April 23 (UPI) -- A new 3D motion tracking system could help autonomous technologies navigate their environs without the help of cameras or LiDAR.
The system utilizes nanoscale graphene photodetectors, which are highly sensitive to light.
Light absorbed by the photodetectors can be used to generate images in real-time, helping autonomous technologies "see" and move through their surroundings.
Scientists described the technology's potential in a new paper, published Friday in the journal Nature Communications.
"The in-depth combination of graphene nanodevices and machine learning algorithms can lead to fascinating opportunities in both science and technology," lead author Dehui Zhang said in a news release.
"Our system combines computational power efficiency, fast tracking speed, compact hardware and a lower cost compared with several other solutions," said Zhang, a doctoral student in electrical and computer engineering at the University of Michigan.
Because the photodetectors are designed to absorb just 10 percent of the light they're exposed to, they appear nearly transparent.
To produce 3D images, researchers stacked the photodetectors, allowing each layer to image a specific focal plane.
Of course, seeing the surroundings is just part of the challenge for autonomous technologies. Whether it's a submersible exploring the deep sea or a robot building a car, autonomous technologies also have to sense how they're moving through space.
Typically, LiDAR systems and light-field cameras -- with the help of computer algorithms -- help autonomous technologies sense their movements, but these systems have a variety of limitations.
To grant their new 3D motion tracking system spacial intelligence, researchers paired the graphene photodetectors with a neural network.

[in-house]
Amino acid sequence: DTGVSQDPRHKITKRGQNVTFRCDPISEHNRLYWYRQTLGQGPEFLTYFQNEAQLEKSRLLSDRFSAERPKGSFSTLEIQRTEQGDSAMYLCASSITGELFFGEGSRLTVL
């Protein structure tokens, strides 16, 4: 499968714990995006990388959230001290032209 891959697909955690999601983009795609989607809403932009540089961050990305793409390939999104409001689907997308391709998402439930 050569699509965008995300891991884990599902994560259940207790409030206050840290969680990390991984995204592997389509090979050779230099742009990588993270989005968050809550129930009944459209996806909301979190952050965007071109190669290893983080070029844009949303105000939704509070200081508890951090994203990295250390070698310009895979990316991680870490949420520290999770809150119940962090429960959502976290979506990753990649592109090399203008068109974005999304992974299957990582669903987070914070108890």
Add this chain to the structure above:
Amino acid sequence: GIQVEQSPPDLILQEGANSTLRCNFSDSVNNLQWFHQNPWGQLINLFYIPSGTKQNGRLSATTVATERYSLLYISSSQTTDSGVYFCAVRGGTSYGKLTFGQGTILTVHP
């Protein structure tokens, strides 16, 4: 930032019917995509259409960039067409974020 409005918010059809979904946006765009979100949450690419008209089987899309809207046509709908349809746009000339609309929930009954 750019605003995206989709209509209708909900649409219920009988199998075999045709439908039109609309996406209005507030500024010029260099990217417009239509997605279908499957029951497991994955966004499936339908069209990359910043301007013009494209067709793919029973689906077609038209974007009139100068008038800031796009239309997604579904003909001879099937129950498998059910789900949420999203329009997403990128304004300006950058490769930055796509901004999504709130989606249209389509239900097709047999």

Computer engineers trained the network to survey an entire scene and hone in on and track specific objects, like a pedestrian about to enter at a crosswalk or a merging car.
The network, which is particularly well suited for stable environs, could be used to guide automated medical technologies or manufacturing robots.
"It takes time to train your neural network," said co-author Ted Norris, project leader and professor of electrical and computer engineering at Michigan. "But once it's done, it's done. So when a camera sees a certain scene, it can give an answer in milliseconds."
To develop their neural network, scientists augmented signal processing algorithms used for other imaging systems, including X-ray and MRI technologies.
In the lab, scientists paired their network with two small photodetector arrays. Using the setup, researchers successfully tracked the movement of a laser beam, as well as a ladybug.
Though the technology is still in its infancy, researchers are confident in the potential of their 3D motion tracking system.
According to the study's authors, the neural network can be easily scaled up to produce higher resolution images. Researchers say the production process for the graphene photodetectors can also be easily scaled.
"Graphene is now what silicon was in 1960," Norris said. "As we continue to develop this technology, it could motivate the kind of investment that would be needed for commercialization."